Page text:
From this pathetic little bunch of twigs, given a few years, I will have a couple of nice rows of hydrangeas. I grabbed the handful of trimmings out of the compost pile when helping my mom in her yard this spring.
The second photo shows the same bunch, this time prepared into ready to plant “cuttings”. I don’t profess to be an authority on this subject, but I sure have come up with a yard full of free plants using my method.
I start by looking at the branch I have rescued, and determining where the buds are forming, or where the leaves are located. I cut on the diagonal and try to make it so each “cutting” has one of the bud intersections for the root and one above ground for the beginning of my new plant.
If I’m working with a branch that has large leaves, I cut the 2 leaves that will be above ground in half, so the little start doesn’t have to work so hard on leaves, but it can concentrate on putting out some new roots.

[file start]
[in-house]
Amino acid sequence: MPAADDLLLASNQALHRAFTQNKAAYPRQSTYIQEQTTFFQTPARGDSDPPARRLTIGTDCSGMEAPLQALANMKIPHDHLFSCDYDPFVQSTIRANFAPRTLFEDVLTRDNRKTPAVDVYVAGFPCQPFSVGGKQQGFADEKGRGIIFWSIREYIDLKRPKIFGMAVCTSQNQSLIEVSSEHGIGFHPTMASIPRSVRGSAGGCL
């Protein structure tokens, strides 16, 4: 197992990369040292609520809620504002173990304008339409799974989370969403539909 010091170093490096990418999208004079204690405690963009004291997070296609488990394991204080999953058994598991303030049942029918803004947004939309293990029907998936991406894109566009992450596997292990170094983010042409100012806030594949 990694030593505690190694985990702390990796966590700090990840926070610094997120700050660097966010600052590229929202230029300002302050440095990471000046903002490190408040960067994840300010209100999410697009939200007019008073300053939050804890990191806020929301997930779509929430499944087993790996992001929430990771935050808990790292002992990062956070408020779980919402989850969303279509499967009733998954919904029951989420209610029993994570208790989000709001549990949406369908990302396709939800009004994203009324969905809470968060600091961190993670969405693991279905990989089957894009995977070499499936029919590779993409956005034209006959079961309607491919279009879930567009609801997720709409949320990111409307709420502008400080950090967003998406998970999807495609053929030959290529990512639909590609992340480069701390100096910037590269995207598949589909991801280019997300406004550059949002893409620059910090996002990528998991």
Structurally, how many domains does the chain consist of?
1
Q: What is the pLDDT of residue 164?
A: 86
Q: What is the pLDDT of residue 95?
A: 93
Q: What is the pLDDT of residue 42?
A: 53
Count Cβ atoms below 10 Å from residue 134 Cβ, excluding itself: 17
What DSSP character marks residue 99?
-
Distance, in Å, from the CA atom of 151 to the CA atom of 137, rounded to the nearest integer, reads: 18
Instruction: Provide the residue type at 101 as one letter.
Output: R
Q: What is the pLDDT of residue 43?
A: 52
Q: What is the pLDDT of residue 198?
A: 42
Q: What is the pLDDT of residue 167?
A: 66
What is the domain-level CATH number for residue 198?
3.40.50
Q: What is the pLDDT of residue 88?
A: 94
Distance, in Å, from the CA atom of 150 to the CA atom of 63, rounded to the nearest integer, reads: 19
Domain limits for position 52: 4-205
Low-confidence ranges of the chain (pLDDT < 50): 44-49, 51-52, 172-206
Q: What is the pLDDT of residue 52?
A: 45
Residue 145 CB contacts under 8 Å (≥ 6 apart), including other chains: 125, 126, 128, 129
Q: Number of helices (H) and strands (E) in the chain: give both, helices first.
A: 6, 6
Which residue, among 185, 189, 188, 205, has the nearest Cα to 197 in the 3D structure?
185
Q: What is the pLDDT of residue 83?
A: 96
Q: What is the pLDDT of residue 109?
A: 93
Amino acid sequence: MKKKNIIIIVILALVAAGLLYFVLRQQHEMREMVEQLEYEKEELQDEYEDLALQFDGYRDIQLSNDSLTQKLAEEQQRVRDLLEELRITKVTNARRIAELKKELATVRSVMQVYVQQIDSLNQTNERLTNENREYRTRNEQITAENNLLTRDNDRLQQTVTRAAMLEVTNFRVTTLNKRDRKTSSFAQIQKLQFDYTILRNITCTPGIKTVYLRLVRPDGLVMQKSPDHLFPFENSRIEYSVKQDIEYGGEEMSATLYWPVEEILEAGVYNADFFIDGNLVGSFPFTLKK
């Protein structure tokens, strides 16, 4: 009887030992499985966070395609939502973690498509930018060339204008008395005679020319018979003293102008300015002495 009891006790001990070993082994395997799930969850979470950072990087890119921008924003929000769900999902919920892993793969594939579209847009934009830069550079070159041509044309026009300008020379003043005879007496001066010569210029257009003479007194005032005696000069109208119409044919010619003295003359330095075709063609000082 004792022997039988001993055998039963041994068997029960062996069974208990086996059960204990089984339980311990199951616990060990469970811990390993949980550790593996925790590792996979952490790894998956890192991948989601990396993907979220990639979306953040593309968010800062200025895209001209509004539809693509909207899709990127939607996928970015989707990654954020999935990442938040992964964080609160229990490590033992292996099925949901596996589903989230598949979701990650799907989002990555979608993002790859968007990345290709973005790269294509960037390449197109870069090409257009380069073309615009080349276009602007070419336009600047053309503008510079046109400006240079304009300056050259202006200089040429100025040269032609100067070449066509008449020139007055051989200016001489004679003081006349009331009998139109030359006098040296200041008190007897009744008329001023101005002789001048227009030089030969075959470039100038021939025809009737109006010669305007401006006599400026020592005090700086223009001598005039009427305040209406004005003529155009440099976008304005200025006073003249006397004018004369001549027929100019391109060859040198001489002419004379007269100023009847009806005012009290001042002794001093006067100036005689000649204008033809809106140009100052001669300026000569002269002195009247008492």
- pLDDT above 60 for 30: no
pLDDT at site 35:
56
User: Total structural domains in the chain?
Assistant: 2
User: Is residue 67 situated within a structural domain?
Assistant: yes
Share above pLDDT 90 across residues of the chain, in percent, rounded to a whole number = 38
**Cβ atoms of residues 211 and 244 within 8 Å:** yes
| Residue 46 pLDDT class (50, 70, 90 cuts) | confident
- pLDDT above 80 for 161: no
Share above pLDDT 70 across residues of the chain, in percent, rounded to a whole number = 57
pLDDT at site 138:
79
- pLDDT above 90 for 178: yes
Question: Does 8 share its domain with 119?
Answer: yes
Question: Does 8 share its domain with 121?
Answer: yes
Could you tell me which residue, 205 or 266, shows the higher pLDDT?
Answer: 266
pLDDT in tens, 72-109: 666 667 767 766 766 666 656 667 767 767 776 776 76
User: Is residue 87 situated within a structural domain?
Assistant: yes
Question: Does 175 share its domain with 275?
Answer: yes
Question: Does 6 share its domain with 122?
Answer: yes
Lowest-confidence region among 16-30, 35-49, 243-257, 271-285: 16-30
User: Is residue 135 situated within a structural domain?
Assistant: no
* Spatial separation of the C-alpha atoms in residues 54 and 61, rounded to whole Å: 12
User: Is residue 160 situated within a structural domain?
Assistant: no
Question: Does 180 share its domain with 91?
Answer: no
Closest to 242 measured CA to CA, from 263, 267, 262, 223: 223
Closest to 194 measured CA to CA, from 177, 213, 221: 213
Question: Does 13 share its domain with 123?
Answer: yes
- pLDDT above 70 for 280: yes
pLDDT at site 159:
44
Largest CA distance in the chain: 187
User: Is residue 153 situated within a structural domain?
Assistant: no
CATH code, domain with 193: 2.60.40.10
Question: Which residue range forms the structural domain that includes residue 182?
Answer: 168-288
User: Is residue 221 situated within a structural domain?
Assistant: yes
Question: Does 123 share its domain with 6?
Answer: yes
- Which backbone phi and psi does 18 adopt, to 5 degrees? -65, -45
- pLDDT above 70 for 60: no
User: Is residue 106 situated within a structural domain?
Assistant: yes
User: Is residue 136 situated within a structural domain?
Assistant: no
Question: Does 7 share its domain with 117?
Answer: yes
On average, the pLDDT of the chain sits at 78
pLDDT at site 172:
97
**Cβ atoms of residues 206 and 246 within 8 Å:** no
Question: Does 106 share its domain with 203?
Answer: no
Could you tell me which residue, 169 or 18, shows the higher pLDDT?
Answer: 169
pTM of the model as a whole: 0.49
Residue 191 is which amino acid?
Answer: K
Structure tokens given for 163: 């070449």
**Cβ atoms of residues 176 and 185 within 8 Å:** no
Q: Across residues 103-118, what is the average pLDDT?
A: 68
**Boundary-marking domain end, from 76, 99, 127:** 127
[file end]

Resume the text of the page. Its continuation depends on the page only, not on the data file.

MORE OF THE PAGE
In the past, I have gone to the trouble (& expense) of trying a rooting hormone to dip the ends in, but haven’t noticed any difference in my starts. Both end up with a nice plant; one for free and one using a fairly expensive product. No guesswork needed as to which method I prefer!
The last photo shows one of my new starts in the ground – they were there less than a week at the time of the picture. New leaves are beginning to unfurl which is a promise of a new garden addition (you must remember that “free” gardening often requires patience as the reward does not come as quickly this way as with buying plants that are already mature).
I have used this technique on many woody, branch type shrubs and plants such as forsythia, laurel, etc. If the method is free, what have you got to lose?
Steph Coelho is a freelance writer gardening in zone 5b. She is a certified Square Foot Gardener and has taught various garden-related workshops. When she’s not digging in the dirt or writing, she’s cooking up fresh produce, running, or listening to her favorite podcasts.
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